Creating a Super Bowl ad is often like trying to herd cats. Advertisers spend millions of dollars on media placement, celebrity endorsements, licensing pop songs and promotions in supermarkets. Executives at Hellmann’s, however, really only need to worry about the actual animals.
Kate McKinnon stars in Hellmann’s new Super Bowl spot along with a feline known as “Mayo Cat.” Both work to make viewers aware of food waste and how the company’s famous mayonnaise can help reduce it. For the comic actor, the task is an important one. “I grew up in a house that was very environmentally minded, and we never threw anything out,” she tells Variety in an interview. “It’s something that’s very dear to my heart.”
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While many sports fans are mulling how the Kansas City Chiefs will defend their Super Bowl title against the San Francisco 49ers on Feb. 11, some may ponder whether there’s room during the NFL extravaganza for messages that stretch behind humor and the heartfelt. People familiar with the Super Bowl ad roster suggest that advertisers are sticking to light laughs, with the bulk relying on celebrities and nostalgia to make their marketing point.
Hellmann’s Game Day recipe calls for a gentle touch, says Chris Symmes, senior marketing director of dressings for the North American operations of Hellmann’s parent, Unilever. Viewers “want to be entertained. This is sort of a moment to entertain them,” he says during an interview. “We take a very serious subject like reducing food waste and communicate it in a comedic way that is still relevant.”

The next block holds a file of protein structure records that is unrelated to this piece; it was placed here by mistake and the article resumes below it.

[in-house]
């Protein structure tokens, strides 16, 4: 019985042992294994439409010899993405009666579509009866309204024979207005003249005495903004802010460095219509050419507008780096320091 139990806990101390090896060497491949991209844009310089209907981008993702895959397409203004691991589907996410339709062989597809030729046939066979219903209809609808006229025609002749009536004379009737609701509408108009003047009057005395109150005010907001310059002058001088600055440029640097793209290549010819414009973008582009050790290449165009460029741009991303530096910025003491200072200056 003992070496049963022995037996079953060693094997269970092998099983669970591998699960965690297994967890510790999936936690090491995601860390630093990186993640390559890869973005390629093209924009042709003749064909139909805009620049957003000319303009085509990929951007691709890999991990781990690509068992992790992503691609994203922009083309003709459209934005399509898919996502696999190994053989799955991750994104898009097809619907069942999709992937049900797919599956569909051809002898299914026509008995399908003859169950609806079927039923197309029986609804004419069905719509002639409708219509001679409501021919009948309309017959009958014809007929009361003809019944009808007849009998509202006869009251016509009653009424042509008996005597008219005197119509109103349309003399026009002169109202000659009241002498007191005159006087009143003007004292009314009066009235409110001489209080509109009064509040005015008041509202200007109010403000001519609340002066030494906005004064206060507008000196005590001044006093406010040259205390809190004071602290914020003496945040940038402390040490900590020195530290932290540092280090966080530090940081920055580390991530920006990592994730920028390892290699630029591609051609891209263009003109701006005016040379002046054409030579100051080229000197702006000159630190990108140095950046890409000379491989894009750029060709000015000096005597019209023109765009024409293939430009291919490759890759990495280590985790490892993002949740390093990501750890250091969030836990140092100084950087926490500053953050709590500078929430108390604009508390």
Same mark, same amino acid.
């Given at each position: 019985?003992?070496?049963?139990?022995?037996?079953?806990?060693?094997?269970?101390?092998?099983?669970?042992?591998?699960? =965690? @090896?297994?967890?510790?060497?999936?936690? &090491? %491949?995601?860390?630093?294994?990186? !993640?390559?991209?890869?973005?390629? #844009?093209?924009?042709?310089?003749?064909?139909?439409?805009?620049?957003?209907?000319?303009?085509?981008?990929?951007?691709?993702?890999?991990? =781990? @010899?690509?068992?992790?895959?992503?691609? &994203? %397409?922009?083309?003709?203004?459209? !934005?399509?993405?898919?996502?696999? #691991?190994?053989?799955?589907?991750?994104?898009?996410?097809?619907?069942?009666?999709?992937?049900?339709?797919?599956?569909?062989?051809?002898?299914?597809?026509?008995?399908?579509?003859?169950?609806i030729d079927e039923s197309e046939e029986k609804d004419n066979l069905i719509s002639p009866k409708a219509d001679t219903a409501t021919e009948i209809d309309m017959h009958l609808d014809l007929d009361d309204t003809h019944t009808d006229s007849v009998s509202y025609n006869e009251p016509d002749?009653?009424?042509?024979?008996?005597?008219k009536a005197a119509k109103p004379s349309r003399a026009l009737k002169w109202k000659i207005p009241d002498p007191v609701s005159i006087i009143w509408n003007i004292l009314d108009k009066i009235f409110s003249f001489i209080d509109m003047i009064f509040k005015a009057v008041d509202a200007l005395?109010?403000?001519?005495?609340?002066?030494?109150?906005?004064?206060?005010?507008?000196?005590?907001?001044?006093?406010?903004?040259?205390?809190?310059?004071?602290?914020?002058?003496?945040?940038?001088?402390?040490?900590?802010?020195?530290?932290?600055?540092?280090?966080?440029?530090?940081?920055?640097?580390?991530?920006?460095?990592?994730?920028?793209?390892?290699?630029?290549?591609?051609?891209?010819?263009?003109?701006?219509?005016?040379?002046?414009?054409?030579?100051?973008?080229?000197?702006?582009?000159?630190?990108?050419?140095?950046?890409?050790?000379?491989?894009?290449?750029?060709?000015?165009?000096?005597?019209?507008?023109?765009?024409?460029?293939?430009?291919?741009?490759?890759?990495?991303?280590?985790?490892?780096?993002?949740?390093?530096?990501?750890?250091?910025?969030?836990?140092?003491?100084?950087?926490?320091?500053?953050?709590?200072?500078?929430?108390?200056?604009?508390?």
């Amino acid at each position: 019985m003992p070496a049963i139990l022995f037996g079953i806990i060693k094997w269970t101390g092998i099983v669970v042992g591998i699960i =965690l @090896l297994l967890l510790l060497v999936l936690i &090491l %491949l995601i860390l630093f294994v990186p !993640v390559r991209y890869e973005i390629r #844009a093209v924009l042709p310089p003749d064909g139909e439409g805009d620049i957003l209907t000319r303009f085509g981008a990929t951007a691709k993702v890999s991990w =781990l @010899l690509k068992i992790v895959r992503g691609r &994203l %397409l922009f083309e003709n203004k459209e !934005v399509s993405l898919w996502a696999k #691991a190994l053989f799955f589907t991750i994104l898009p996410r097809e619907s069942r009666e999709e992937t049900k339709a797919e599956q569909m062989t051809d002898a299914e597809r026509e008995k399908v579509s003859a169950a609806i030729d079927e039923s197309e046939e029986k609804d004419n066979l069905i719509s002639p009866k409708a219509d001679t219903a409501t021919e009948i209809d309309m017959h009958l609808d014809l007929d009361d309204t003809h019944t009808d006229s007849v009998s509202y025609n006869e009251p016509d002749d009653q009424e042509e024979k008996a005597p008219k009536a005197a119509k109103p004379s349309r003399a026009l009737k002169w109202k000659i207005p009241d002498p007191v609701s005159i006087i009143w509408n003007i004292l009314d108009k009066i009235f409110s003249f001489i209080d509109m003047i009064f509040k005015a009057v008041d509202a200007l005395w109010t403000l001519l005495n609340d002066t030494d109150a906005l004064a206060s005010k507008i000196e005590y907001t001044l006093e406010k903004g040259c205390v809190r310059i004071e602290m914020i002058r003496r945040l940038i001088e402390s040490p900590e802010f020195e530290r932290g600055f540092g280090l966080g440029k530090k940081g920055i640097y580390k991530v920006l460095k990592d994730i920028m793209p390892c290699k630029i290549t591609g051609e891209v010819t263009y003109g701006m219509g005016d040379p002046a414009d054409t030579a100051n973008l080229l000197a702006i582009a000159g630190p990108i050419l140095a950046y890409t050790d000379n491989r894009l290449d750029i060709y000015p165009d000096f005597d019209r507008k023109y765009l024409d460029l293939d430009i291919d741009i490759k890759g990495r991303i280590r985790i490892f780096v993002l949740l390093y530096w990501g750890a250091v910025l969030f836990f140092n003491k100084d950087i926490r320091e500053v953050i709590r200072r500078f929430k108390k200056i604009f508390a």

In the spot, McKinnon gets kitchen advice from her cat, who advises her to use “May-oww” to make leftover food taste great. Soon, the cat becomes famous enough to date Pete Davidson, and McKinnon must counsel her pet as she navigates fame and fortune. It’s a lot to, um, sandwich between the humorous scenes.
McKinnon says she was able to bring some of her own ideas to the scene, “Did I ad-lib? Of course. I always do, and they gave me wonderful freedom to say whatever and do whatever,” she says. “But the script was – I had absolutely nothing to do with it and I take no credit – it was just a great spot, very well executed and very funny.” She says she was fortunate that “Mayo Cat” – actually an 8-month-old feline named Chipmunk –“was quite the professional.” Symmes says McKinnon must have generated at least five minutes’ worth of material during her time at the ad shoot.
This marks Hellman’s fourth consecutive round on the Super Bowl ad roster, but Symmes says the famous condiment’s appearance each year is not guaranteed.
Indeed, executives at Unilever get started on making such a decision within weeks of the end of the last championship, The company analyzes data about consumer reaction and whether viewers absorb the information about cutting back on food waste. Hellmann’s has tracked a 24.4% increase in conversation around food waste on social media following the Big Game, thanks to the commercials. The message seems pertinent to Super Bowl, says Symmes, because Americans make so much food when they watch the game.
Working with cats might fluster other actors, but not McKinnon. She has famously managed a few during a set of “Whiskers R We” sketches on “SNL” where her offbeat character, Barbara DeDrew, tries to encourage cat adoption. Having cats on set only adds to the experience, says McKinnon. “I am very absorbed in the cat. I’m not talking to the people as much as I’m really talking to and bonding with the cat, and it’s just a happy day for me,” she confides.
Hellmann’s is betting the commercial will be part of something similar for football fans.
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